Seasonal pH and aragonite saturation horizons in the Gulf of Alaska during the North Pacific Survey, 1956–1957

The extent of global change in carbon system parameters can only be evaluated by comparing present with past measurements. In the northern North Pacific, where aragonite saturation horizons are among the shallowest in the world, historical measurements of carbonate parameters vary from rare to nonexistent. However, during the summer of 1956 and winter of 1957, an extensive survey of the oceanography of the Northeast Pacific, under the auspices of the Canadian Committee on Oceanography, was conducted by the Fisheries Research Board of Canada. Approximately 2500 measurements of pH at depths from surface to 2000 m were taken throughout the Gulf of Alaska, in addition to measurements of nutrient and hydrographic properties. After conversion to the contemporary total pH scale, these data revealed significant seasonal and latitudinal differences in pH in the upper 200 m. Estimates of aragonite saturation indicate that undersaturated water was a common feature of the surface mixed layer north of 51° N latitude in the winter of 1957. The North Pacific Survey data were compared with the results of a summer 2007 survey of the west coast of North America where pH levels were ~0.1 pH units lower (at a reference density of 26.2σθ than was found in the summer of 1956.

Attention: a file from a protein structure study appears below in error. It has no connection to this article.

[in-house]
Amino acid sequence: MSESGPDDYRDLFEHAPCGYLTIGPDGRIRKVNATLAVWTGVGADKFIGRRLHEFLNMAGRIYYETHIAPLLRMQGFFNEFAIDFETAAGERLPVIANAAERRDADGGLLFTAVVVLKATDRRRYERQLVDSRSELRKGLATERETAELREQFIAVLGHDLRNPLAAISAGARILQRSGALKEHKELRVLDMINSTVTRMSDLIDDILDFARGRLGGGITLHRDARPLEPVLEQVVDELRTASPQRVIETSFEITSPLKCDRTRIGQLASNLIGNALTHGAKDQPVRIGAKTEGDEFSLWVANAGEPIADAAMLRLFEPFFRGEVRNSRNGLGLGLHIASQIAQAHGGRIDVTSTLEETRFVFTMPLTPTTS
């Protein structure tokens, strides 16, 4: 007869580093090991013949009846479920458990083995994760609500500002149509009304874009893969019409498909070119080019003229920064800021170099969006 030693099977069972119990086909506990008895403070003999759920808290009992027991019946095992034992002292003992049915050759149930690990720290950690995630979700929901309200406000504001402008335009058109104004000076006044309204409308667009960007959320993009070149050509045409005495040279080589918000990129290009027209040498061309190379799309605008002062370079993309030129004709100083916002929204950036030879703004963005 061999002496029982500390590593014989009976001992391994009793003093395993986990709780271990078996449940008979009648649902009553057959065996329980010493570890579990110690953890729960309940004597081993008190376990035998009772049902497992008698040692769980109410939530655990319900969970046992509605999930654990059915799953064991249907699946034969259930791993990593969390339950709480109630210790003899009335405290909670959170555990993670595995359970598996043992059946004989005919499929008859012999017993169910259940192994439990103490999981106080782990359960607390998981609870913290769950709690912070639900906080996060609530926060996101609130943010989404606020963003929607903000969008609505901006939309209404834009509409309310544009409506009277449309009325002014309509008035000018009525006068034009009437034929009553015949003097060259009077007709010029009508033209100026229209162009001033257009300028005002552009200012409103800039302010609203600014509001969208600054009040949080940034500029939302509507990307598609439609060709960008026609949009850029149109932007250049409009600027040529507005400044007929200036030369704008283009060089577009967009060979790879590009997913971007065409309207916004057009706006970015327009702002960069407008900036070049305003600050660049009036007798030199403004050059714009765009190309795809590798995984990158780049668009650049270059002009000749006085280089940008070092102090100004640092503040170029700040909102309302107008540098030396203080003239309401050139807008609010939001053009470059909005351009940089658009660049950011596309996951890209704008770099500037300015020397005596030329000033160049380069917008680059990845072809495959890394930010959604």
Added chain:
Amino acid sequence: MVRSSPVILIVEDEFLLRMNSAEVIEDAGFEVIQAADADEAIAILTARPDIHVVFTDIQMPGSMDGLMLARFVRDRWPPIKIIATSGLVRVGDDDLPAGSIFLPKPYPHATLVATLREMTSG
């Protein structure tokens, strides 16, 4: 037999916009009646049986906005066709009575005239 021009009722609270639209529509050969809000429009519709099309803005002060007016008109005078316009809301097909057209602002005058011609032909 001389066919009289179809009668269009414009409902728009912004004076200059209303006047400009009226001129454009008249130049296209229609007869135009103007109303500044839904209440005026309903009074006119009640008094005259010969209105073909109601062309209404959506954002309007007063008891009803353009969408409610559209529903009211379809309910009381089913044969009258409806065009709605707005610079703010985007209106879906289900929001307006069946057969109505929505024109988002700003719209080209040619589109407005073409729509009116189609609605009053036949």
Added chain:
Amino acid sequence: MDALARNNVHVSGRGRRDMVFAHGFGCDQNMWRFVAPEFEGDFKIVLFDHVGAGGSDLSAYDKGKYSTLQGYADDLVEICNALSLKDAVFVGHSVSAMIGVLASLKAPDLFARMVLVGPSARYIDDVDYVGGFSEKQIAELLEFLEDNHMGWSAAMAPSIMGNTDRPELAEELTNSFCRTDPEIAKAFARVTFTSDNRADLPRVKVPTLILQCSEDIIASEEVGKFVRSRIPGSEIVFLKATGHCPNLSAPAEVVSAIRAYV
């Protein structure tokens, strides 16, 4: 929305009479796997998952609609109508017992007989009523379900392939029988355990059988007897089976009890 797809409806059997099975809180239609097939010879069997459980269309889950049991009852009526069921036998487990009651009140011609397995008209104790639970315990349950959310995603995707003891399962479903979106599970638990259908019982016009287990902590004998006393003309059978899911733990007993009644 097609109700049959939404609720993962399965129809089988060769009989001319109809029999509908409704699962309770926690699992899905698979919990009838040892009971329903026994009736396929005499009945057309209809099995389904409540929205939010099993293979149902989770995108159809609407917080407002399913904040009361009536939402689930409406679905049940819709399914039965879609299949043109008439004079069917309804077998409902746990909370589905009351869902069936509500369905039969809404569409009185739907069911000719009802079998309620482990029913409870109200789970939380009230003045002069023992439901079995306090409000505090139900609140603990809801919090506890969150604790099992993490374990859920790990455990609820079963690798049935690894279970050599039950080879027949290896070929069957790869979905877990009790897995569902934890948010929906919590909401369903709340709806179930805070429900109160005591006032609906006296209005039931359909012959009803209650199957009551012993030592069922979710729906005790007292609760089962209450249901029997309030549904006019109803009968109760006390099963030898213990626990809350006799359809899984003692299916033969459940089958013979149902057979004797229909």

McKinnell, S. & Christian, J. R., 2009. Seasonal pH and aragonite saturation horizons in the Gulf of Alaska during the North Pacific Survey, 1956–1957. Biogeosciences Discussions 6(3):4587-4602. Article.

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